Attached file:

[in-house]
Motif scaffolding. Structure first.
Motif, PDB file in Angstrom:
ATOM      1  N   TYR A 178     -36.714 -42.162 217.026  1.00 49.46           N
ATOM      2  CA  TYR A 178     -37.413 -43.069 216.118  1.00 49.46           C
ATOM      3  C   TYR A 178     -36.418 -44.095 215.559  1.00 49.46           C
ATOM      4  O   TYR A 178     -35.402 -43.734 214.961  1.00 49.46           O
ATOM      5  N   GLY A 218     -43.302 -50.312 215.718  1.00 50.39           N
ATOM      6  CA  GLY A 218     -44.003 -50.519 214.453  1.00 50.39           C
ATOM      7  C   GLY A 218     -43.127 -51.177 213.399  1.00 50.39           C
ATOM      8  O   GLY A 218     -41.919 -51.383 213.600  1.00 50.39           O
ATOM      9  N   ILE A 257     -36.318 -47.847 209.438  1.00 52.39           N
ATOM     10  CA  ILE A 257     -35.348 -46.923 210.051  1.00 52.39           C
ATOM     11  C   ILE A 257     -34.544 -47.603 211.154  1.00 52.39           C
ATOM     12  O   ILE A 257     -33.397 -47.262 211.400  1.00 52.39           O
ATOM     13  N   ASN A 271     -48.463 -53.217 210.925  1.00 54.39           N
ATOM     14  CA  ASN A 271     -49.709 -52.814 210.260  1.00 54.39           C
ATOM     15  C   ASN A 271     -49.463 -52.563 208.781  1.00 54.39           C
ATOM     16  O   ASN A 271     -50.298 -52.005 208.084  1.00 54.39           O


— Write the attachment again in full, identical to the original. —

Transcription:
[in-house]
Motif scaffolding. Structure first.
Motif, PDB file in Angstrom:
ATOM      1  N   TYR A 178     -36.714 -42.162 217.026  1.00 49.46           N
ATOM      2  CA  TYR A 178     -37.413 -43.069 216.118  1.00 49.46           C
ATOM      3  C   TYR A 178     -36.418 -44.095 215.559  1.00 49.46           C
ATOM      4  O   TYR A 178     -35.402 -43.734 214.961  1.00 49.46           O
ATOM      5  N   GLY A 218     -43.302 -50.312 215.718  1.00 50.39           N
ATOM      6  CA  GLY A 218     -44.003 -50.519 214.453  1.00 50.39           C
ATOM      7  C   GLY A 218     -43.127 -51.177 213.399  1.00 50.39           C
ATOM      8  O   GLY A 218     -41.919 -51.383 213.600  1.00 50.39           O
ATOM      9  N   ILE A 257     -36.318 -47.847 209.438  1.00 52.39           N
ATOM     10  CA  ILE A 257     -35.348 -46.923 210.051  1.00 52.39           C
ATOM     11  C   ILE A 257     -34.544 -47.603 211.154  1.00 52.39           C
ATOM     12  O   ILE A 257     -33.397 -47.262 211.400  1.00 52.39           O
ATOM     13  N   ASN A 271     -48.463 -53.217 210.925  1.00 54.39           N
ATOM     14  CA  ASN A 271     -49.709 -52.814 210.260  1.00 54.39           C
ATOM     15  C   ASN A 271     -49.463 -52.563 208.781  1.00 54.39           C
ATOM     16  O   ASN A 271     -50.298 -52.005 208.084  1.00 54.39           O